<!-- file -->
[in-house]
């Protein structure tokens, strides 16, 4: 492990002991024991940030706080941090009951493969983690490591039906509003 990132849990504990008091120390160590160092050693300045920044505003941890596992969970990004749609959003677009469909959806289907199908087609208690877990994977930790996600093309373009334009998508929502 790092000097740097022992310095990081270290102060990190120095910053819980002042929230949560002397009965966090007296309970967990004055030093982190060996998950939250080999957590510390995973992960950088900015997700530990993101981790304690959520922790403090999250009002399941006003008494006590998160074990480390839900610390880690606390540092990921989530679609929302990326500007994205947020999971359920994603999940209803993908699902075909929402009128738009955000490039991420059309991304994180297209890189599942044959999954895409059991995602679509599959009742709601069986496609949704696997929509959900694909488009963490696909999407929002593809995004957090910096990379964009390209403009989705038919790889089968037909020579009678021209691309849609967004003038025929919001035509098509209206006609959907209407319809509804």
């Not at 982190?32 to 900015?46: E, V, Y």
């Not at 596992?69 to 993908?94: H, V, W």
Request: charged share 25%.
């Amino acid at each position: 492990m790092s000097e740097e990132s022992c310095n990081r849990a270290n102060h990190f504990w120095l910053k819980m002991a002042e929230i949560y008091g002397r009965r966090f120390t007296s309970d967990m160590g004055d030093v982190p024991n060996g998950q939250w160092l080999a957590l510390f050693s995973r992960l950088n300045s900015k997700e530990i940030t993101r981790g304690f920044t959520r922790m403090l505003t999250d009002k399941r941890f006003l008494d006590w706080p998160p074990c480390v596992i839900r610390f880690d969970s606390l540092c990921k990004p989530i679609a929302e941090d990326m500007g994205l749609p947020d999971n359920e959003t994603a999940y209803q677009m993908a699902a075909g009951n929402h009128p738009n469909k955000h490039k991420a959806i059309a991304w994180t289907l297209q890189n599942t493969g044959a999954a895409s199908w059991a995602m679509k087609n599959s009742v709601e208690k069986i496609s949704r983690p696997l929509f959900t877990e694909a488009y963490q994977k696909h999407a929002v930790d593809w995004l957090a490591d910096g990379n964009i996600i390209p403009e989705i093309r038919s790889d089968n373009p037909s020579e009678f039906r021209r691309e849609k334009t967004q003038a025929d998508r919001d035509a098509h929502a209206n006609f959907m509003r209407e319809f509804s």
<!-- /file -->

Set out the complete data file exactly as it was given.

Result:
[in-house]
């Protein structure tokens, strides 16, 4: 492990002991024991940030706080941090009951493969983690490591039906509003 990132849990504990008091120390160590160092050693300045920044505003941890596992969970990004749609959003677009469909959806289907199908087609208690877990994977930790996600093309373009334009998508929502 790092000097740097022992310095990081270290102060990190120095910053819980002042929230949560002397009965966090007296309970967990004055030093982190060996998950939250080999957590510390995973992960950088900015997700530990993101981790304690959520922790403090999250009002399941006003008494006590998160074990480390839900610390880690606390540092990921989530679609929302990326500007994205947020999971359920994603999940209803993908699902075909929402009128738009955000490039991420059309991304994180297209890189599942044959999954895409059991995602679509599959009742709601069986496609949704696997929509959900694909488009963490696909999407929002593809995004957090910096990379964009390209403009989705038919790889089968037909020579009678021209691309849609967004003038025929919001035509098509209206006609959907209407319809509804």
């Not at 982190?32 to 900015?46: E, V, Y």
């Not at 596992?69 to 993908?94: H, V, W």
Request: charged share 25%.
């Amino acid at each position: 492990m790092s000097e740097e990132s022992c310095n990081r849990a270290n102060h990190f504990w120095l910053k819980m002991a002042e929230i949560y008091g002397r009965r966090f120390t007296s309970d967990m160590g004055d030093v982190p024991n060996g998950q939250w160092l080999a957590l510390f050693s995973r992960l950088n300045s900015k997700e530990i940030t993101r981790g304690f920044t959520r922790m403090l505003t999250d009002k399941r941890f006003l008494d006590w706080p998160p074990c480390v596992i839900r610390f880690d969970s606390l540092c990921k990004p989530i679609a929302e941090d990326m500007g994205l749609p947020d999971n359920e959003t994603a999940y209803q677009m993908a699902a075909g009951n929402h009128p738009n469909k955000h490039k991420a959806i059309a991304w994180t289907l297209q890189n599942t493969g044959a999954a895409s199908w059991a995602m679509k087609n599959s009742v709601e208690k069986i496609s949704r983690p696997l929509f959900t877990e694909a488009y963490q994977k696909h999407a929002v930790d593809w995004l957090a490591d910096g990379n964009i996600i390209p403009e989705i093309r038919s790889d089968n373009p037909s020579e009678f039906r021209r691309e849609k334009t967004q003038a025929d998508r919001d035509a098509h929502a209206n006609f959907m509003r209407e319809f509804s």